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June 16, 2014

When Mom Has Cancer (Part 1)

Sarah Headshot Oct2013 HDR“Sarah, the doctor wants you to come in tomorrow for the results of your biopsy.”

I knew this wasn’t what I wanted to hear. They only ask you to come in when it’s bad. “Can’t you just give me the results over the phone?”

“No. I don’t have the results. The doctor would like to talk to you tomorrow. What time works for you?”

That conversation changed me and changed the course of my life.

The next afternoon I heard the words everyone fears: You have cancer.

The word itself — cancer — it seems evil, doesn’t it? And is it ever! A condition that spreads death and destruction, separates parents from children and children from parents. It wreaks havoc on bodies and brings the strong low. I know countless people who’ve battled it. In fact, too many of my closest friends have been caught in its wicked snares. Now, it was my turn.

A flood of emotions and thoughts took over. How did I get it? What will my treatment involve? How will I tell my kids? How will they handle it? Will I live?

It’s been seven months since that fateful day, and I’ve learned a few things that I’d like to share.

Gratitude is Life-Changing. Now I know this is a funny place to start during a discussion of cancer, but trust me on this one. Several years ago I got into the habit of keeping a gratitude journal, and that was one of the most transformative decisions I ever made. Forcing myself to look for God’s graces has made me a more content and more joyful person. If you looked through my journal, you’d see small things listed:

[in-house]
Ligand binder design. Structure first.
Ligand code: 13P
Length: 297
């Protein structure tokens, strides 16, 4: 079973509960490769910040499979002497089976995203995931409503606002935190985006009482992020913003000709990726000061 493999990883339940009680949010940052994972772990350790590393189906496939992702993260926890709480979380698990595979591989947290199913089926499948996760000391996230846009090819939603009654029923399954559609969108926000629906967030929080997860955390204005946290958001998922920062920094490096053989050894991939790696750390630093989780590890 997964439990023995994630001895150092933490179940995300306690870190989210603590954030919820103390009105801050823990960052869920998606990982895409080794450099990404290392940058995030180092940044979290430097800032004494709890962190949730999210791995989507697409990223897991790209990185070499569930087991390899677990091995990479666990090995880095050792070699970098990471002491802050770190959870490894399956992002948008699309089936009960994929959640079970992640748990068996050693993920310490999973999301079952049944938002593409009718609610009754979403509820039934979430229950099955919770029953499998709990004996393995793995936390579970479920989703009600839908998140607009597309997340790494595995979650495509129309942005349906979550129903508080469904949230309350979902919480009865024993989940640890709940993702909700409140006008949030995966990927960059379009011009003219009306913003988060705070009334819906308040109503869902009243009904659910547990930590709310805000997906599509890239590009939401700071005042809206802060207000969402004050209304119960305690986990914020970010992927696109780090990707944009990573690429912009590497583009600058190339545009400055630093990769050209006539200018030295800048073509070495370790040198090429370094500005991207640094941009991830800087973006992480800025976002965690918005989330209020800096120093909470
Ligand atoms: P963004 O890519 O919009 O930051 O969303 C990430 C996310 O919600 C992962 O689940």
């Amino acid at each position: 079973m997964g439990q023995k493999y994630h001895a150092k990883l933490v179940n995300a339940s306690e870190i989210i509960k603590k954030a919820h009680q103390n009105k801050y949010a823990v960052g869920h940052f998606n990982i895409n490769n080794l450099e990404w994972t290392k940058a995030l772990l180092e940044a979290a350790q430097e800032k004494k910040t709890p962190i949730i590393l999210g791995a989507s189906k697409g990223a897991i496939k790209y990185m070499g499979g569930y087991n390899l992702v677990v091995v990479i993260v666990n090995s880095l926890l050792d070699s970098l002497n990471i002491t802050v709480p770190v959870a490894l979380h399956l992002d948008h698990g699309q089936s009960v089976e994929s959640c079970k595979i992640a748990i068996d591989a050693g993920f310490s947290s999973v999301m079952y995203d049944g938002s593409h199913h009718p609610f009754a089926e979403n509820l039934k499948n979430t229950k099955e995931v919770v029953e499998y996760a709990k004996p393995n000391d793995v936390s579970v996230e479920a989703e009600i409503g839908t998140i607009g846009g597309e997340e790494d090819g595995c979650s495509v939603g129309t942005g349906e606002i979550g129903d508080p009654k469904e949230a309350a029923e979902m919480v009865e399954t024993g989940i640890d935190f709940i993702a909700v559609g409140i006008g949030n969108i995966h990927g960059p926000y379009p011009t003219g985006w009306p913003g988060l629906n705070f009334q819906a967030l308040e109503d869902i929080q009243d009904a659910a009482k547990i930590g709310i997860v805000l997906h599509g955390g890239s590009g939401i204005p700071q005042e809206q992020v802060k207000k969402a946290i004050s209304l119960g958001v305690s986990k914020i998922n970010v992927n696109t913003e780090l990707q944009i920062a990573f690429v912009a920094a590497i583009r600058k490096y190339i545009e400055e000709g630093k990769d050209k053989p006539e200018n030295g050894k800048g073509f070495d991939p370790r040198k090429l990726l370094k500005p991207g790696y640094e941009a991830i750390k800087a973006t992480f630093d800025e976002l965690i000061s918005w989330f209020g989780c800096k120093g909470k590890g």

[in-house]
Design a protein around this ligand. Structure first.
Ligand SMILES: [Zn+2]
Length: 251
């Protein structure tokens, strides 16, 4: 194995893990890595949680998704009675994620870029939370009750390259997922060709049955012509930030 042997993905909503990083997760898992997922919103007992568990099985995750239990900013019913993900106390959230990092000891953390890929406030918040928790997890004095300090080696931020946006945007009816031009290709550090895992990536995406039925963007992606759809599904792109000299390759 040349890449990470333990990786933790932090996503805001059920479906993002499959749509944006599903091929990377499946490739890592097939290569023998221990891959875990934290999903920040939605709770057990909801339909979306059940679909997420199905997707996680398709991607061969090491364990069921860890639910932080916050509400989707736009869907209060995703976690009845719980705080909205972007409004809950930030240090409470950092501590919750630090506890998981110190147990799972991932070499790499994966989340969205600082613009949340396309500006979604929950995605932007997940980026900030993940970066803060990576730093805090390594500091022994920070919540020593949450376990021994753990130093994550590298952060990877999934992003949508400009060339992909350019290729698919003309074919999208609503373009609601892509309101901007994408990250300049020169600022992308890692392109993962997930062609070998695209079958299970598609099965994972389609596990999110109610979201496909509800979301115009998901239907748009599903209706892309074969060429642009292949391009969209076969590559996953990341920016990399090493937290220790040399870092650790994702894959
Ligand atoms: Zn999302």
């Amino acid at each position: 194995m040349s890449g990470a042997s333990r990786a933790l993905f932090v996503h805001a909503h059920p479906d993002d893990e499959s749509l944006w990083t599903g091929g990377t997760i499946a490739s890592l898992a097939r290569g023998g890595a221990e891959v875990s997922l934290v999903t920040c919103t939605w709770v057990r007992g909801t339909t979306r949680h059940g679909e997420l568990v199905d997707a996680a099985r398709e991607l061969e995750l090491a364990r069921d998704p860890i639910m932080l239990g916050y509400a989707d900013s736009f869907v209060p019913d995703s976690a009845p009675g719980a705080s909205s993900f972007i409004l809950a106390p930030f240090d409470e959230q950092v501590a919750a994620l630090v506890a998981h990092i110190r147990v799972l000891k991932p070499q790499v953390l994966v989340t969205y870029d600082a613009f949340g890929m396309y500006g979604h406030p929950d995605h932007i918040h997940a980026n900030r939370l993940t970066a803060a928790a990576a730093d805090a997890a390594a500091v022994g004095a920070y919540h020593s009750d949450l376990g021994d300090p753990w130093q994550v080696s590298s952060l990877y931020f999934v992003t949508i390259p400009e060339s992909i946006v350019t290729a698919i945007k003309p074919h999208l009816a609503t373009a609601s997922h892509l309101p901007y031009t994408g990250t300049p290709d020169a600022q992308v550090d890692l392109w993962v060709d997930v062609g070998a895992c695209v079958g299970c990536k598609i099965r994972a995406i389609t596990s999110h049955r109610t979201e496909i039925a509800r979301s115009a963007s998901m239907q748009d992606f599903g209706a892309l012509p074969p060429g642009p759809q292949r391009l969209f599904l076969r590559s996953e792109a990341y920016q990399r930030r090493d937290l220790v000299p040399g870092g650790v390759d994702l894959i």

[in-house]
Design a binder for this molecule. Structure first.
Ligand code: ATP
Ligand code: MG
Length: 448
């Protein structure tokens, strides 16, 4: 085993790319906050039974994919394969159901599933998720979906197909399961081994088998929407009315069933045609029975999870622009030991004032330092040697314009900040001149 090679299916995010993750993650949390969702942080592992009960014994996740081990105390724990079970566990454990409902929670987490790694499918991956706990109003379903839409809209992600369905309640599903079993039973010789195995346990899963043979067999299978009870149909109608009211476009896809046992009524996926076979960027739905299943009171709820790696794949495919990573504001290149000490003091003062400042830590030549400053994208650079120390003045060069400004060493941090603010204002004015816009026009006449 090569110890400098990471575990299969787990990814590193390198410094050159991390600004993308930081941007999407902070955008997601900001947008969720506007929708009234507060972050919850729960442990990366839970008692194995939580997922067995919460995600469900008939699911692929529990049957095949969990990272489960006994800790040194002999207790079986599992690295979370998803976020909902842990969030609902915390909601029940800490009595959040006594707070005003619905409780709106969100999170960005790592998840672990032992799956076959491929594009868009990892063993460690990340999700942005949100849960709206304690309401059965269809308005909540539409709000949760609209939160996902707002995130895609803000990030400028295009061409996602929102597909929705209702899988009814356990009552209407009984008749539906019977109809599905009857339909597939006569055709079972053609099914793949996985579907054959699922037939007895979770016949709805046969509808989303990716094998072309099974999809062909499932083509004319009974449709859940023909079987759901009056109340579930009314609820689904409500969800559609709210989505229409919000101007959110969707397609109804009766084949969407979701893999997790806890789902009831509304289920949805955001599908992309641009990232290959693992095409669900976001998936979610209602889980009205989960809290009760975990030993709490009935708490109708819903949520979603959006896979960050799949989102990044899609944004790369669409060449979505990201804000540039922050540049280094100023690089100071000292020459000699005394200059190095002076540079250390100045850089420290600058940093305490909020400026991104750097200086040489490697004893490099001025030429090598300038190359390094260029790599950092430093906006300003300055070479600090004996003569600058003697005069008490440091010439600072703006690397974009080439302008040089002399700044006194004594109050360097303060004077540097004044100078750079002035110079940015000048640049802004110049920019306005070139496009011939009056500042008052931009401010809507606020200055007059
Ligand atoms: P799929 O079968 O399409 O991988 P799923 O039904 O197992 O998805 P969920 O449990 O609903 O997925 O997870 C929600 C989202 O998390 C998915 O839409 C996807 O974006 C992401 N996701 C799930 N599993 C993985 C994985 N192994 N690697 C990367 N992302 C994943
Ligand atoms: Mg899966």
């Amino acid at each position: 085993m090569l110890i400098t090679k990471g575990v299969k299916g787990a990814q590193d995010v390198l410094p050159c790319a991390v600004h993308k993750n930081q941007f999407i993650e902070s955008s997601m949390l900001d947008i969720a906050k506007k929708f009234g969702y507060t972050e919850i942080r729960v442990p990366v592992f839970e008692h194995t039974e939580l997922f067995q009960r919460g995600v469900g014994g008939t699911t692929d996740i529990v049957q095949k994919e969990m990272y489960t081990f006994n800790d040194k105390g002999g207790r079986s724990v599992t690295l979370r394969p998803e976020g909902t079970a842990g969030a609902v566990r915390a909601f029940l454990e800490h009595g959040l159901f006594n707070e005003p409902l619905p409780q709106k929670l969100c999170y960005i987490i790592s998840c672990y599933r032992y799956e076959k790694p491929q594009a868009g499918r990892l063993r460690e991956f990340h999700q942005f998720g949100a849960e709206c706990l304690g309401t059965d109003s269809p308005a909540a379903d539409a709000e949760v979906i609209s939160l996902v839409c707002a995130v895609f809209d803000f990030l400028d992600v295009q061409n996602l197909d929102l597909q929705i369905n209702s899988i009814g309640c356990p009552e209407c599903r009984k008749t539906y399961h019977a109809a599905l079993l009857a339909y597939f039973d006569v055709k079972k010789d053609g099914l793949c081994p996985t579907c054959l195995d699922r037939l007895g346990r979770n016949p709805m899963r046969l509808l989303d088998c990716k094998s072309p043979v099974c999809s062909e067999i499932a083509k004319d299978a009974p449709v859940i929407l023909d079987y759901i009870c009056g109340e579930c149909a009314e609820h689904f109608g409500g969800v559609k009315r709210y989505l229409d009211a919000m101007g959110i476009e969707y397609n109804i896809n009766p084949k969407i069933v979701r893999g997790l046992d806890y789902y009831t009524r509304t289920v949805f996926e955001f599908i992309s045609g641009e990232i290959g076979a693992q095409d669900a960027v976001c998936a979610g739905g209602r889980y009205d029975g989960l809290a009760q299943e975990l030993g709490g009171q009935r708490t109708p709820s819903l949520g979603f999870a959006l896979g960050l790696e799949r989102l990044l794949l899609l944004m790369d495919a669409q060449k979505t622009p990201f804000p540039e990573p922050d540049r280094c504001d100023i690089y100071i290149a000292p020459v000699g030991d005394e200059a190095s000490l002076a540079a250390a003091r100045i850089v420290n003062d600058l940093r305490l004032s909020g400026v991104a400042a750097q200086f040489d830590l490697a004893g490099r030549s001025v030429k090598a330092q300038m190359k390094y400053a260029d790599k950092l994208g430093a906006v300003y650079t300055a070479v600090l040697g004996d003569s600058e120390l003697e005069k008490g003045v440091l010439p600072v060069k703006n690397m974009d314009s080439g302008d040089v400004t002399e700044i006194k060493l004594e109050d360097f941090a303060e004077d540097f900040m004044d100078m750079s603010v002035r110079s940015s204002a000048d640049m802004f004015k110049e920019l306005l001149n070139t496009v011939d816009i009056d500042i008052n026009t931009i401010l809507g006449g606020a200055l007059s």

• Honey Crisp apples
  • A baby’s belly laugh
  • Warm towels, fresh out of the dryer

You’d also see some larger things:

  • My husband not getting injured after being in a car accident
  • Watching my kids voluntarily hug one another
  • Being next to Granddaddy when he took his final breath

You might be wondering how I could possibly be grateful after receiving a diagnosis of cancer. Well, let me tell you: When you’ve made a habit of noticing the graces of everyday living, you just continue the habit. Now, does this mean sadness did not prevail some days or that I wasn’t just completely ticked off that I had cancer? No, but what it does mean is that I was more aware — aware of things to be grateful for in the midst of a dark place. Things like:

  • Talking to Terry who was diagnosed with the same cancer 12 years ago
  • Being overwhelmed by the number of friends praying for me
  • Mederma — good scar medication
  • Friends at work who fill in for me when I’m out
  • A month’s worth of meals following my surgeries

There are always things to complain about, whether you have cancer or not. But one thing I know for certain is that being a person who is marked by gratitude makes the dark places just a little brighter…no, make that a lot brighter.

(Continued tomorrow)

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